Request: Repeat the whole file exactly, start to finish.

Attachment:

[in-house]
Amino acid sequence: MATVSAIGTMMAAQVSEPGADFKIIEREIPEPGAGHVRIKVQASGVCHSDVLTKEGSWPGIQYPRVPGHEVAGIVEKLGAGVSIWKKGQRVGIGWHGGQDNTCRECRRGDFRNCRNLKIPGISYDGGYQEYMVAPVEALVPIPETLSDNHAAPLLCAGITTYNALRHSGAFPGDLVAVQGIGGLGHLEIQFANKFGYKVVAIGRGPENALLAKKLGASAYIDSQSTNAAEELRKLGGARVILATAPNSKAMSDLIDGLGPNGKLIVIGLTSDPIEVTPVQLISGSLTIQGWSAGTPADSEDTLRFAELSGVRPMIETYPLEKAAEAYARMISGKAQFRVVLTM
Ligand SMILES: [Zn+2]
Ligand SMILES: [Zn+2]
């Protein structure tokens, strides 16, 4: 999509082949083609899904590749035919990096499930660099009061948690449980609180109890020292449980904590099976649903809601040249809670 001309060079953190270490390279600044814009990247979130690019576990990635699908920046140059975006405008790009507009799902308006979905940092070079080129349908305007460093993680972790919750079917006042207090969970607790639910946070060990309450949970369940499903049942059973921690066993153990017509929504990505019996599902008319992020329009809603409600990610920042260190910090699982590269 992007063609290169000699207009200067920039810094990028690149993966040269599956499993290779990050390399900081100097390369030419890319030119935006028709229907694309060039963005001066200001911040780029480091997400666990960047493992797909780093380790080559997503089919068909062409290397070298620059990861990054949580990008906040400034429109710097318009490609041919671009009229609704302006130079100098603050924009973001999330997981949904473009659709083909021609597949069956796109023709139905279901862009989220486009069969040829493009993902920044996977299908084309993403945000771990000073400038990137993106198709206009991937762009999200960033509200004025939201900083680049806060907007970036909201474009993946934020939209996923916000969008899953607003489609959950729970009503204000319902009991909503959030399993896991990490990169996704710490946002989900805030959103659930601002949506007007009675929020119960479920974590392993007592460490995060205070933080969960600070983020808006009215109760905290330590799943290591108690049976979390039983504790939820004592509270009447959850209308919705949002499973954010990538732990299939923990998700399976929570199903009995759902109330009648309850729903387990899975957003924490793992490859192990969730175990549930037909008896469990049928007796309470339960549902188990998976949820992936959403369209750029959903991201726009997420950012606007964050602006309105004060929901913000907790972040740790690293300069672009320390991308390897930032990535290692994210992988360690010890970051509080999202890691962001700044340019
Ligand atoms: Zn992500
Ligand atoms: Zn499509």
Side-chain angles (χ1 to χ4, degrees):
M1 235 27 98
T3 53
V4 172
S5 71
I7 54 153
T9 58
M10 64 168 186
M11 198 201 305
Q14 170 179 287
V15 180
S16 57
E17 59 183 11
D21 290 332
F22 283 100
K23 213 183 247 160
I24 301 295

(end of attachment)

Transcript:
[in-house]
Amino acid sequence: MATVSAIGTMMAAQVSEPGADFKIIEREIPEPGAGHVRIKVQASGVCHSDVLTKEGSWPGIQYPRVPGHEVAGIVEKLGAGVSIWKKGQRVGIGWHGGQDNTCRECRRGDFRNCRNLKIPGISYDGGYQEYMVAPVEALVPIPETLSDNHAAPLLCAGITTYNALRHSGAFPGDLVAVQGIGGLGHLEIQFANKFGYKVVAIGRGPENALLAKKLGASAYIDSQSTNAAEELRKLGGARVILATAPNSKAMSDLIDGLGPNGKLIVIGLTSDPIEVTPVQLISGSLTIQGWSAGTPADSEDTLRFAELSGVRPMIETYPLEKAAEAYARMISGKAQFRVVLTM
Ligand SMILES: [Zn+2]
Ligand SMILES: [Zn+2]
């Protein structure tokens, strides 16, 4: 999509082949083609899904590749035919990096499930660099009061948690449980609180109890020292449980904590099976649903809601040249809670 001309060079953190270490390279600044814009990247979130690019576990990635699908920046140059975006405008790009507009799902308006979905940092070079080129349908305007460093993680972790919750079917006042207090969970607790639910946070060990309450949970369940499903049942059973921690066993153990017509929504990505019996599902008319992020329009809603409600990610920042260190910090699982590269 992007063609290169000699207009200067920039810094990028690149993966040269599956499993290779990050390399900081100097390369030419890319030119935006028709229907694309060039963005001066200001911040780029480091997400666990960047493992797909780093380790080559997503089919068909062409290397070298620059990861990054949580990008906040400034429109710097318009490609041919671009009229609704302006130079100098603050924009973001999330997981949904473009659709083909021609597949069956796109023709139905279901862009989220486009069969040829493009993902920044996977299908084309993403945000771990000073400038990137993106198709206009991937762009999200960033509200004025939201900083680049806060907007970036909201474009993946934020939209996923916000969008899953607003489609959950729970009503204000319902009991909503959030399993896991990490990169996704710490946002989900805030959103659930601002949506007007009675929020119960479920974590392993007592460490995060205070933080969960600070983020808006009215109760905290330590799943290591108690049976979390039983504790939820004592509270009447959850209308919705949002499973954010990538732990299939923990998700399976929570199903009995759902109330009648309850729903387990899975957003924490793992490859192990969730175990549930037909008896469990049928007796309470339960549902188990998976949820992936959403369209750029959903991201726009997420950012606007964050602006309105004060929901913000907790972040740790690293300069672009320390991308390897930032990535290692994210992988360690010890970051509080999202890691962001700044340019
Ligand atoms: Zn992500
Ligand atoms: Zn499509």
Side-chain angles (χ1 to χ4, degrees):
M1 235 27 98
T3 53
V4 172
S5 71
I7 54 153
T9 58
M10 64 168 186
M11 198 201 305
Q14 170 179 287
V15 180
S16 57
E17 59 183 11
D21 290 332
F22 283 100
K23 213 183 247 160
I24 301 295